At the Linen Biennale Lost in Linen exhibition at Island Arts Centre, Lisburn one of the many featured artists is Heather Richardson.her at the exhibition to hear more about her touching inspiration for this dress.
Kathleen Hutchinson was cycling home from work on a late December night when she swerved to avoid a pedestrian, fell on to the road, and was knocked unconscious. She died a few days later, aged just 15.
The year was 1939.
Kathleen, from just outside Kilrea, County Londonderry, Northern Ireland, had got a job as a typist with Willliam Clark’s linen mill in nearby Upperlands the year before, and she rode her bike on the six-mile journey back and forth each day.
For Heather Richardson, the sad story of her aunt’s death was part of family lore growing up, but she didn’t give it much thought in childhood.
“It was just a family story,” says Heather.
“As I got older though, I realised that this was a catastrophically tragic event in a family.”
Belfast-based Heather, a writer and lecturer in English with the Open University, wanted to do something to pay tribute to Kathleen, but also explore her story.
“Because I’m quite interested in textiles and sewing, I thought because Kathleen had worked in a linen mill there might be something that I could do that would draw those things together,” Heather says.
“Rather than write something down, I thought I would make something. The idea came to me that I could make a dress for her, and tell her story on the dress.”
Had Kathleen lived, Heather thought, she might have got a dress for her 21st birthday “so she could go out to a dance”.
“I thought I would try and make the closest equivalent to the type of dress that she would have had made,” she says.
Heather set about looking for a pattern that would have been used in the mid 1940s, and managed to get linen that was made by Clark’s.
“I then started reimagining my way into her [Kathleen’s] mind, because there’s nothing left of her,” Heather says.
“There are no letters or diaries; it all had to be invented. So I just came up with words she might have said, or things she might have thought, and then I stitched them on to the dress.
“In a way, it’s a story in the form of a dress.”
The hand-stitched text is partly imagined memories of Kathleen’s school days, or memories of her mum or dad, or her physical observations of the world around her.
Kathleen was one of 11 children. Her brother, Tom, Heather’s father, was six at the time of her death. He’s now 85.
“He has memories of Kathleen herself, and of her being kind, and that when she was earning some money, she would have bought the wee ones chocolates at Easter,” says Heather.That brought it home to me, that although it was so long ago, it has left a mark.” Heather Richardson.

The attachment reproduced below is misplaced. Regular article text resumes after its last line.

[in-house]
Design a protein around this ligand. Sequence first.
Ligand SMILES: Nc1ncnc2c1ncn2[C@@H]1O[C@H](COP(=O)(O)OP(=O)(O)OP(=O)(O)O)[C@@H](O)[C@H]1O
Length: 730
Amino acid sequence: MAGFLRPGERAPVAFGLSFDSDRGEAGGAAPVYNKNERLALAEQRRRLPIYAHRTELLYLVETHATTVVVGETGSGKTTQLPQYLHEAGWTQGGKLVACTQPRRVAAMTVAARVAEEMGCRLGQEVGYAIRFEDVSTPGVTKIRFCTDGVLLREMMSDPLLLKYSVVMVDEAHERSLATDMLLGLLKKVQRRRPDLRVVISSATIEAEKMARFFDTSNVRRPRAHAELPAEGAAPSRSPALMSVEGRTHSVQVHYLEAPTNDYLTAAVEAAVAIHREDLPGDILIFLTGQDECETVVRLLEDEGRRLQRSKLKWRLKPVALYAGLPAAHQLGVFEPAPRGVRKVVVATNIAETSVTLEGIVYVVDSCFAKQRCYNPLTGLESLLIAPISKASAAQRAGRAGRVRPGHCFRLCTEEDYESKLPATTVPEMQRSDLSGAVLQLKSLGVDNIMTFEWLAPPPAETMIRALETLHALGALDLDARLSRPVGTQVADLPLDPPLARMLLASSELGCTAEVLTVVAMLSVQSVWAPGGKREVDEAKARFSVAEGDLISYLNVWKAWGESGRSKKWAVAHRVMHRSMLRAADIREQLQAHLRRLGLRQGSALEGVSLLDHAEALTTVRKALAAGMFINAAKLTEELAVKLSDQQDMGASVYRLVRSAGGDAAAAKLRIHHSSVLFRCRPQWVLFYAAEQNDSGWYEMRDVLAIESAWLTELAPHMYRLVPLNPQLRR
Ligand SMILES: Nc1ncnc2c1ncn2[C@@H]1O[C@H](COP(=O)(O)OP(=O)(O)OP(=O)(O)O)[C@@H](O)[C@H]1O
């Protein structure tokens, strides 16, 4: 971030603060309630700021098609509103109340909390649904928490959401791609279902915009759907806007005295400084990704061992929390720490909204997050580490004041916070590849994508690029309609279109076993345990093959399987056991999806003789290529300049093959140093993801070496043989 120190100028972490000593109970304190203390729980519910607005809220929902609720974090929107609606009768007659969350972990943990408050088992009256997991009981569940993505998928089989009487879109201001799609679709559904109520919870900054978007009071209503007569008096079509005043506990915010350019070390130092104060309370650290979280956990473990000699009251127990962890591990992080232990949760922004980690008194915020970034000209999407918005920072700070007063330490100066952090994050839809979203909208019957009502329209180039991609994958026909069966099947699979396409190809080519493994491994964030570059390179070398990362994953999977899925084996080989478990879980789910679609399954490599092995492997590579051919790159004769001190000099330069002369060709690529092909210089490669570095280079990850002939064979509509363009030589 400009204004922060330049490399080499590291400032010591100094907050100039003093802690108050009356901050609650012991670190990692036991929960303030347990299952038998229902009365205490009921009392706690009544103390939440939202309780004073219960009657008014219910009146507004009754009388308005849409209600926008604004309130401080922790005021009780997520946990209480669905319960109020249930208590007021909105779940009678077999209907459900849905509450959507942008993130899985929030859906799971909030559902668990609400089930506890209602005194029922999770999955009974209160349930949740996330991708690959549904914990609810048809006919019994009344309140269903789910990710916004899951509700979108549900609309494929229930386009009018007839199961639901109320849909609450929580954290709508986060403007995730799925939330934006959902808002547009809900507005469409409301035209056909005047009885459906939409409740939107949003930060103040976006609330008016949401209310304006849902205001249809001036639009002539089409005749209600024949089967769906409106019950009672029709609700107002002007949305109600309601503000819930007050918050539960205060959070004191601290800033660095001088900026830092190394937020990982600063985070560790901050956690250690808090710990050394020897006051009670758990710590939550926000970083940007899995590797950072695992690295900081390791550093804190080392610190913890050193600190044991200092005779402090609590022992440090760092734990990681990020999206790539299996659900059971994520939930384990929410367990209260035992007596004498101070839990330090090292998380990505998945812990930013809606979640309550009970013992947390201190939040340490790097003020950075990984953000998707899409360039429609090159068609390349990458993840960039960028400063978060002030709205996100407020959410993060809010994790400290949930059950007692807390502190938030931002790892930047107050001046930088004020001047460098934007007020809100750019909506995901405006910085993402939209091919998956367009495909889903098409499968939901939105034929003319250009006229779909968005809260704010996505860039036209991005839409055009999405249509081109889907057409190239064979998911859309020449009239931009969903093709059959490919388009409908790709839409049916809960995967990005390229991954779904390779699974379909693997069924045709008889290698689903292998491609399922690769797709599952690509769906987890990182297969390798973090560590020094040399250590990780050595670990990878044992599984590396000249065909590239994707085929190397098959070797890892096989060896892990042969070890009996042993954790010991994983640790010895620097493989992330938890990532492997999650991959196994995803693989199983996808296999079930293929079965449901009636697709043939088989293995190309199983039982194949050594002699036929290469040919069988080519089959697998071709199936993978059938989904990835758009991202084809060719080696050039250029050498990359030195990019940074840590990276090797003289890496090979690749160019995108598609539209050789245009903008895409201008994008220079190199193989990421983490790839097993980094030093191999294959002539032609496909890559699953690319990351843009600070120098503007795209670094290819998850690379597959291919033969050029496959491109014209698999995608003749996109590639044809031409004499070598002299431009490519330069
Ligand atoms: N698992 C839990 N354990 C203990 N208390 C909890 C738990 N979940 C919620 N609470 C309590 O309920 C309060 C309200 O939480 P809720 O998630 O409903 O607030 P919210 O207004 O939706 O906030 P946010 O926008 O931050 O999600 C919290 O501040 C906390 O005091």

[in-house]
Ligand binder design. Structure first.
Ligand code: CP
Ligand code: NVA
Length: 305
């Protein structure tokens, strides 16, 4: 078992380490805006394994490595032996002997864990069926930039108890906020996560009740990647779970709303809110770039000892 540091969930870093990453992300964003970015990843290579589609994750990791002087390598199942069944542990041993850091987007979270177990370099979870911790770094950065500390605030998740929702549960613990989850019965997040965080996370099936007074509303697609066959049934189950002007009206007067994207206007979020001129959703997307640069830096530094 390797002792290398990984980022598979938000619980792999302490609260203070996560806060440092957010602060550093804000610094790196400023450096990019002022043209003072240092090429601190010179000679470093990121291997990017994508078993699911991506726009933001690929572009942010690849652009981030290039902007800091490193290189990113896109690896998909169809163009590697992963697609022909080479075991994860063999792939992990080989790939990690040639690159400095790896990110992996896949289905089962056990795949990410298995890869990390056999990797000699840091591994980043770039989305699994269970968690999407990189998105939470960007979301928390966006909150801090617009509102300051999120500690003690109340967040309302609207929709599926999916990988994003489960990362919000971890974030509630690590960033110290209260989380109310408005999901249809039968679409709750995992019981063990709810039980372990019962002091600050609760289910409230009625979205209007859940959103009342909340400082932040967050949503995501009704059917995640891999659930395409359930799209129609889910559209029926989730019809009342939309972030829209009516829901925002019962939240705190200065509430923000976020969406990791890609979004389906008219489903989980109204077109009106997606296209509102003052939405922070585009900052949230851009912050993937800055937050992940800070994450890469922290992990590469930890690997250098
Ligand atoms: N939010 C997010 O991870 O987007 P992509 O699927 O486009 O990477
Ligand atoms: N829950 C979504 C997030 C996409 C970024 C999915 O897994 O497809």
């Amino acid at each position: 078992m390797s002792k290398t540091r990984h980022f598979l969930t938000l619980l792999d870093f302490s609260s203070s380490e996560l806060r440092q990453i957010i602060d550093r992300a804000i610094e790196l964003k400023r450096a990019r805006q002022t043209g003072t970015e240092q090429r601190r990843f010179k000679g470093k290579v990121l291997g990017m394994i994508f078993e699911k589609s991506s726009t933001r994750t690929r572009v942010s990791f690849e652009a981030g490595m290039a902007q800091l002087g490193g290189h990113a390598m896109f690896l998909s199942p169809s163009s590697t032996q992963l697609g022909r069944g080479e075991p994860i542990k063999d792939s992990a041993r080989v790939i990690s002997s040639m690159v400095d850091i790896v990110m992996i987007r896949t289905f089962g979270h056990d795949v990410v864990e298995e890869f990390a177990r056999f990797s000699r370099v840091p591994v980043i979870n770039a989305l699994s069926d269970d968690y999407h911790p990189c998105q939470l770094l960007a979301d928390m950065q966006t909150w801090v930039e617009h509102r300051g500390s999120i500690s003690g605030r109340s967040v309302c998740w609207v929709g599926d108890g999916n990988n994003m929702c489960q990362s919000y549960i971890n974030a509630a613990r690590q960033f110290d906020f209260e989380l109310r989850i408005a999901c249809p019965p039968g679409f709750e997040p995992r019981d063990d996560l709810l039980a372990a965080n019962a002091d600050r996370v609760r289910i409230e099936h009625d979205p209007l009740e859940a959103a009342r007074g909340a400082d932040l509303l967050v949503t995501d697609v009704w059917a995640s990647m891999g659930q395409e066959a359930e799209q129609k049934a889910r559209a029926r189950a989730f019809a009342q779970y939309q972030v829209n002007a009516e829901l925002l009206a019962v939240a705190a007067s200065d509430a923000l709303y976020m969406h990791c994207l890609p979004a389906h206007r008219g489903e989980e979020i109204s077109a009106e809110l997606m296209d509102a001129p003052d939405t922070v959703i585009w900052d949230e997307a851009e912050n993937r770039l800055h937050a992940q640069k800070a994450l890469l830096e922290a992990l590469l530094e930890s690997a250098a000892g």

“My dad has a memory of his father coming back with the coffin… he had never really spoken before about it, but he remembered the coffin being closed and taken away. In those days, women and children didn’t go to funerals, so he just remembers it being taken out in a horse-drawn hearse.
“He became quite upset when he described that. That brought it home to me that although it was so long ago, it has left a mark.”
Tom has become an enthusiastic advocate of his daughter’s project. The pair have travelled “down memory lane” together to visit what’s left of the old family home near Kilrea.
Heather’s two-year labour of love is now on display in the Island Arts Centre in Lisburn, as part of its Lost in Linen exhibition.
Tom attended the recent preview.
“He thinks it’s nice that she’s not forgotten, that I felt her life was important enough to do something about,” says Heather.
The extraordinary hand-stitched craftsmanship on the dress was as a result of training Heather received in England from a specialist textile artist and calligrapher.
The work has been painstaking, she says.
“It maybe takes 15 minutes to stitch one word, so when you multiply that up, you can understand how long it takes to stitch a long passage of text,” she says.
“It took hours and hours of work to do that side of it.”
The dress will be on display until 26 October, and then it will be returned to Heather. She plans to fill more of the dress with the thoughts and musings of her late aunt.
‘Bit of glamour’
“Nowadays, we tend to think, ‘isn’t that awful to have to leave school at 14 and go to work’,” Heather adds.
“For her [Kathleen], it was probably a big adventure, and quite exciting going from living in a wee cottage down a lane, to working in this company.
“They were taking orders from all over the world, so there would have been a bit of glamour in her life.
“So I didn’t want this to be a sad thing.
“This was a young girl whose life was opening up.
“So those are the thoughts coming from her, and that’s what I’ve been trying to capture.”
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